Shit ain't funny, part the fourth.
"Hellooooo," I singsonged as I entered the house. I was just coming home from a particularly exhausting dance class. I was hyper the way that only physical activity can make you hyper.
No one answered me. Instead I found my sister and parents gathered around the living room table. My mother was fidgeting with her hands. I couldn't see my father's face. Vyelit was looking at me disapprovingly.
"Didn't you get my text message?" Vyelit asked. I glanced down at my phone and saw no new notifications.
I waited. No one seemed in a rush to tell me anything.
"Papà died," Vyelit said finally. Two words exhaled. My father put his head down and was soon lost in his swallowed sobs.
I could only think one thing: are you kidding me?
For those of you following along at home, last month, we found out that an act of violence has left my little sister expecting. Two days later, and just before Christmas, my grandmother died. Here we are, less than a month later and now my grandfather has joined his vieja.
God damn the timing, right? I mean, this news just when things were getting a little better. It made this loss hurt much worse. Then again, I'm so tired of hurting, that I found myself quickly pushing it all aside. Everything is okay. Everything is okay. Things were just getting better.
I almost didn't write this post. I almost didn't say a word, because the last thing I want to hear is another condolence. That's a horrible thing to say and I'm sorry. But I mean it. I'm tired of this entire process and the predetermined things one must say and the very acceptable way one must act. The more bad things happen, the more fault I find in grieving.
All anyone wants to do is help, I know, but I'm not a talker. I'm not an emote-r. I'm not a sharer. And yet I can't escape the question, "how are you doing?" It's always spoken with Very Serious Eyes and perhaps one hand on my shoulder.
I want to scream at people, tell them to notice how hard this is
I want to scream at people, beg them to please leave me alone. Stop bringing it all up.
Every question becomes stupid.
How do you think my family is doing?
If we weren't close, does it mean he's less dead?
Please, you tell me what you could possibly do.
And now, I'm actually very sorry. I'm being unfair. I'm being mean. Grief is unfair and mean.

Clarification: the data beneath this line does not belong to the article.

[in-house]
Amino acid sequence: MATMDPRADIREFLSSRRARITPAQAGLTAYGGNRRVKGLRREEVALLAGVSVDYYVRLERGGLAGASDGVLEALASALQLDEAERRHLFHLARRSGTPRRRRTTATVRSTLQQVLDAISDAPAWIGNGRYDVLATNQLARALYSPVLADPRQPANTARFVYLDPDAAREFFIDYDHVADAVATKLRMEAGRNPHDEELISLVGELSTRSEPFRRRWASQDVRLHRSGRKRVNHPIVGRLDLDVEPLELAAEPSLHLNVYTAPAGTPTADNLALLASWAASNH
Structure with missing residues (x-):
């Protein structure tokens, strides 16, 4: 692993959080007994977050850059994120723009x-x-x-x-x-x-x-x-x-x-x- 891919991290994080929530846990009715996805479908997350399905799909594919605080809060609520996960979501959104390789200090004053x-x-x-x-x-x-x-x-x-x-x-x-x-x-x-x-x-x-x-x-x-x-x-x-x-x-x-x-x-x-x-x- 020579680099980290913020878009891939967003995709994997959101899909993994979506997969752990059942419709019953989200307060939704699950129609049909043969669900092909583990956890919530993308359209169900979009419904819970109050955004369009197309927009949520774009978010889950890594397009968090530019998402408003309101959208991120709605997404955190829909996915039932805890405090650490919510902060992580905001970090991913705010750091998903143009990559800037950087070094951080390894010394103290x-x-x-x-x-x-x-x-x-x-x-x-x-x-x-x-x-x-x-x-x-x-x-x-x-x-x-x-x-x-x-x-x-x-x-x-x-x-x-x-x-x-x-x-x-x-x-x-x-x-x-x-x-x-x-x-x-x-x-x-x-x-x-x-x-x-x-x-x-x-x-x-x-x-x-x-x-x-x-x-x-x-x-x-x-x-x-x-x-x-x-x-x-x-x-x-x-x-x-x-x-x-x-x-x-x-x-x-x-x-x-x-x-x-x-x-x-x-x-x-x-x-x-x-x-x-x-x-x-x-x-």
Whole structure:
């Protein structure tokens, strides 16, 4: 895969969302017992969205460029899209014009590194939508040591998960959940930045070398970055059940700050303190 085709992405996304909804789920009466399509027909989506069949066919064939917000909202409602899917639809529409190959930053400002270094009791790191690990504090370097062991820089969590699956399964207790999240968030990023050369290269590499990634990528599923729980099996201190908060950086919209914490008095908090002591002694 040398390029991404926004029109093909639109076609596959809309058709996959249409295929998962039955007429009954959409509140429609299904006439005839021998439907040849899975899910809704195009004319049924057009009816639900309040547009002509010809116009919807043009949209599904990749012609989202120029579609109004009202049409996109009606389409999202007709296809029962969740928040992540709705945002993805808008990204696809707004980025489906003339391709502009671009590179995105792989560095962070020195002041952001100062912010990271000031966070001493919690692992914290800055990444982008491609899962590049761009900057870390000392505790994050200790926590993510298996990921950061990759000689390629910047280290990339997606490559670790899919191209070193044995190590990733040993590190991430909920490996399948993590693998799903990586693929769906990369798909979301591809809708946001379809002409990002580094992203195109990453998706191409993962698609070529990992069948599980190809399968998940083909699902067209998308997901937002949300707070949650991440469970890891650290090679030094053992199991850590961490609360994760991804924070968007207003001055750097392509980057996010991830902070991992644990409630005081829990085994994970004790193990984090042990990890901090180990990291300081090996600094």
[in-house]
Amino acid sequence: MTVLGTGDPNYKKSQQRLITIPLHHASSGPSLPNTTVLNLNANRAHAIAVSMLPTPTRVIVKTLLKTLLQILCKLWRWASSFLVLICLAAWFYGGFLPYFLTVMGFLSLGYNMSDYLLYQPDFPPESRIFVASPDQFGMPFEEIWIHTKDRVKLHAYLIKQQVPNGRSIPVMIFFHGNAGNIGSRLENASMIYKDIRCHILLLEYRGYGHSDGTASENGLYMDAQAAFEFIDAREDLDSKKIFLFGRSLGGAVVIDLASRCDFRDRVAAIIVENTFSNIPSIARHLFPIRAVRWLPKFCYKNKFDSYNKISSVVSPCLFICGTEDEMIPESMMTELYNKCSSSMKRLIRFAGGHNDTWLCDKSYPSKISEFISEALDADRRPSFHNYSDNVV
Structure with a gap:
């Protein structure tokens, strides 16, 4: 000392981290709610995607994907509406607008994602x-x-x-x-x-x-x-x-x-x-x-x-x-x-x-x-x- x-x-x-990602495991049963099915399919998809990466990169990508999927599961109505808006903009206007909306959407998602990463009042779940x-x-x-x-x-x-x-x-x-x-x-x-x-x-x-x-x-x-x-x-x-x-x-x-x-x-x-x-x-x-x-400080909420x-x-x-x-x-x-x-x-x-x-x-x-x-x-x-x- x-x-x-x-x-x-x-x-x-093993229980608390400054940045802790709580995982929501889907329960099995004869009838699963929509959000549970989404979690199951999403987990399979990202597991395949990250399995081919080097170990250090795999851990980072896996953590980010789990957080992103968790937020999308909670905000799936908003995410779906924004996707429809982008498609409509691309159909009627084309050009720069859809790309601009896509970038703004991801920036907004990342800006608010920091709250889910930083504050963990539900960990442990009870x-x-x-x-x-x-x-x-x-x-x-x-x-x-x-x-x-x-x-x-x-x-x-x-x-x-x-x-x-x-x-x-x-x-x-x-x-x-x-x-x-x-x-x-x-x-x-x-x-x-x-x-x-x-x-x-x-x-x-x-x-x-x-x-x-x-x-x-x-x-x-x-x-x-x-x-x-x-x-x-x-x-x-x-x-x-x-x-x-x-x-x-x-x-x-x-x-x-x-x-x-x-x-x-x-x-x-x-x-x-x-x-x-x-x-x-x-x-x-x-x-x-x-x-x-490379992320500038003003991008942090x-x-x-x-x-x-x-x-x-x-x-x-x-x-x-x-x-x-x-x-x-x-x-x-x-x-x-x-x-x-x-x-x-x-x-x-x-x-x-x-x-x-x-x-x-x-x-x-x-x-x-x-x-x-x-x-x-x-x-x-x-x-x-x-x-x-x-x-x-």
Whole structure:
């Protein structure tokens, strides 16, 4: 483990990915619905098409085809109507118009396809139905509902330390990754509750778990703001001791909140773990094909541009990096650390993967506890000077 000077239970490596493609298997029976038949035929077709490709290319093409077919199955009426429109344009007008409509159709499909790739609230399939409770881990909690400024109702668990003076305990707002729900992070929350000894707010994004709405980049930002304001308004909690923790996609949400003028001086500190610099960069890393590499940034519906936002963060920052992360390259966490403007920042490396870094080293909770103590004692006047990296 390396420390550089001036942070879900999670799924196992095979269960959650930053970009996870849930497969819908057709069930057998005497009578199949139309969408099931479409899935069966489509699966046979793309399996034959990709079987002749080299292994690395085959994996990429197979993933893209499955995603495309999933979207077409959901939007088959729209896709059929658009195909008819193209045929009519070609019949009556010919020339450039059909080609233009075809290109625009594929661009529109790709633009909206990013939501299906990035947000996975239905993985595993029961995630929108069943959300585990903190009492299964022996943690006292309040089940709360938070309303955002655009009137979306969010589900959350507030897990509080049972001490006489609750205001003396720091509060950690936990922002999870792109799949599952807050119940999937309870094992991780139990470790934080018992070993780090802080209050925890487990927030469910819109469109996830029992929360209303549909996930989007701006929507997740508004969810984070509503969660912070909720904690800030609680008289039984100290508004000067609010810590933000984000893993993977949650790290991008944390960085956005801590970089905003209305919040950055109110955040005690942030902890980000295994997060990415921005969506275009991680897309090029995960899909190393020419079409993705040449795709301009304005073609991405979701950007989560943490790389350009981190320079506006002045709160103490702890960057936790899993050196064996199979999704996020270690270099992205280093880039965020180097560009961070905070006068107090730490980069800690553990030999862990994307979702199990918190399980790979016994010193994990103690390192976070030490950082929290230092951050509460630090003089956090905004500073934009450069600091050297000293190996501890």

The less I express, the more the emotions exhaust and consume me.
The more I write, the more reviling I find all of these emotions. I write them and they seem foreign. They seem trite.
If someone says a joke and I laugh, I feel so bad because life just keeps on going.
If someone says a joke and I laugh, I feel so much better because life really does keep on going.
There is no winning. And so goes grief.
Grief is lived. It is woven in all the normal moments that comprise your days. You cannot stop for it. It is impossible to identify the edges of grief. You cannot talk it away. You cannot pass it on to others, no matter how sorry they are. Grief is lived.
I almost didn't write this post because grief is fleeting. Capturing it seems a silly thing to do. But it didn't seem fair to the man I called Papà.
I wish I could tell you how many children he had, but even after 25 years, I still don't have that family tree clear. He had some kids, my grandmother had some kids, they had some kids together, and then of course, there were the strays he always seemed to pick up. He was a father to them all.
Their story is one that is mired in the mixed up memories of the aged. Things don't add up. He must've had more than one woman at one point, we're sure, but who are we do bring it up? He long ago repented. He long ago found forgiveness from his wife. He long ago found peace with his God.
It's a reoccurring joke amongst the Valverde family cousins that we've never seen Papà young. There are no pictures or memories. He's always been the balding, pot bellied grandfather who loved to garden and "fix" things, even when everyone wished he would just sit still and not touch anything. He could never sit still.
My grandfather said the same things to me every time I saw him. He would say how proud he was of all his grandkids. He would say how good looking we all were. He would make sure we knew we got it from him.
He knew two phrases in English: "you monkey" and "you ugly."
I visited his house in the Dominican Republic once. I felt like a princess sleeping in the bed that also fit both my sisters. I didn't understand that the net was to keep the bugs out.
My sister Vyelit, on the night we got the news, observed that we no longer have any grandparents. It thought it a weird thing to say, but perhaps the thought just made me uncomfortable. My parents are the grandparents now. When exactly did that happen?
Although I'm tired of bad news, it didn't seem fair that that would mean that Papà would go unremembered.
Thank you all for reading and listening. I know I haven't left you with much to say.
Everything is okay.
Things were just getting better.